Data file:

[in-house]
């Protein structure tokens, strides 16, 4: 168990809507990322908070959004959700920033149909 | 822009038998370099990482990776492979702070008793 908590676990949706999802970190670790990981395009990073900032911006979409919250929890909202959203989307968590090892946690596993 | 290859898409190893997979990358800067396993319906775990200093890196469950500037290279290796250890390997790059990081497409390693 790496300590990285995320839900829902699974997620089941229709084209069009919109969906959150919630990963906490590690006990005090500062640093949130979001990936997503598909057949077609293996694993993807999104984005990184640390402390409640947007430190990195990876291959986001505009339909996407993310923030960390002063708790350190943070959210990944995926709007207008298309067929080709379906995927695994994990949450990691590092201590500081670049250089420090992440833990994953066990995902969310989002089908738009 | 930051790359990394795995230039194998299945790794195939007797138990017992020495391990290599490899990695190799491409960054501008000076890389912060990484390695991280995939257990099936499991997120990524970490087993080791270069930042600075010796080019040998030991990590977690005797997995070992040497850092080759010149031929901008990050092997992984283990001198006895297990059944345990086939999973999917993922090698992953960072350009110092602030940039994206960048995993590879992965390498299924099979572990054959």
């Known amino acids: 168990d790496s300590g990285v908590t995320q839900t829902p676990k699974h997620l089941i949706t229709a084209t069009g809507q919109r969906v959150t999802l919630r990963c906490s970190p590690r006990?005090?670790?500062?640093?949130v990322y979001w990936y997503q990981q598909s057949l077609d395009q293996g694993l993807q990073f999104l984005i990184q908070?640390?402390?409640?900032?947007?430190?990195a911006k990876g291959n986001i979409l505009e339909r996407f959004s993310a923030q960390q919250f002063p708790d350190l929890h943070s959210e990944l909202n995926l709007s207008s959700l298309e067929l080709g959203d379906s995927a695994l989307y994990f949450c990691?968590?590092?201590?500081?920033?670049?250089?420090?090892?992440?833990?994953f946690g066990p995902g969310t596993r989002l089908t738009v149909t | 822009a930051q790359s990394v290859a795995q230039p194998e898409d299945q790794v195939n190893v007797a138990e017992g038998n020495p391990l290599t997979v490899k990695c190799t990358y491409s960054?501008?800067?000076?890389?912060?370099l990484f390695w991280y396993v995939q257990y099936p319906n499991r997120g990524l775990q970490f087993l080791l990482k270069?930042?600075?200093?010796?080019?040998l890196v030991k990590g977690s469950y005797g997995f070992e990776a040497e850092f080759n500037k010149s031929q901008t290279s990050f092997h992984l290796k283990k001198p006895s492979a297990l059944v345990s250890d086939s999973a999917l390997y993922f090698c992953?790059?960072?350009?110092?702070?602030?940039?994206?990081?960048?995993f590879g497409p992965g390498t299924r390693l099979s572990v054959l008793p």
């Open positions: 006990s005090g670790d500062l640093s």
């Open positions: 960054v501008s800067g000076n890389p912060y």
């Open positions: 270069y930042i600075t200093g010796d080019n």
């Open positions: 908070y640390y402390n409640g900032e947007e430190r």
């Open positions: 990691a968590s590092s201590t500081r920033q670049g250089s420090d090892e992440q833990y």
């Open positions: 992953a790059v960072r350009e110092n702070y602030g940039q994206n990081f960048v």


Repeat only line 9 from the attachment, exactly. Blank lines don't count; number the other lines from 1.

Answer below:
């Open positions: 992953a790059v960072r350009e110092n702070y602030g940039q994206n990081f960048v």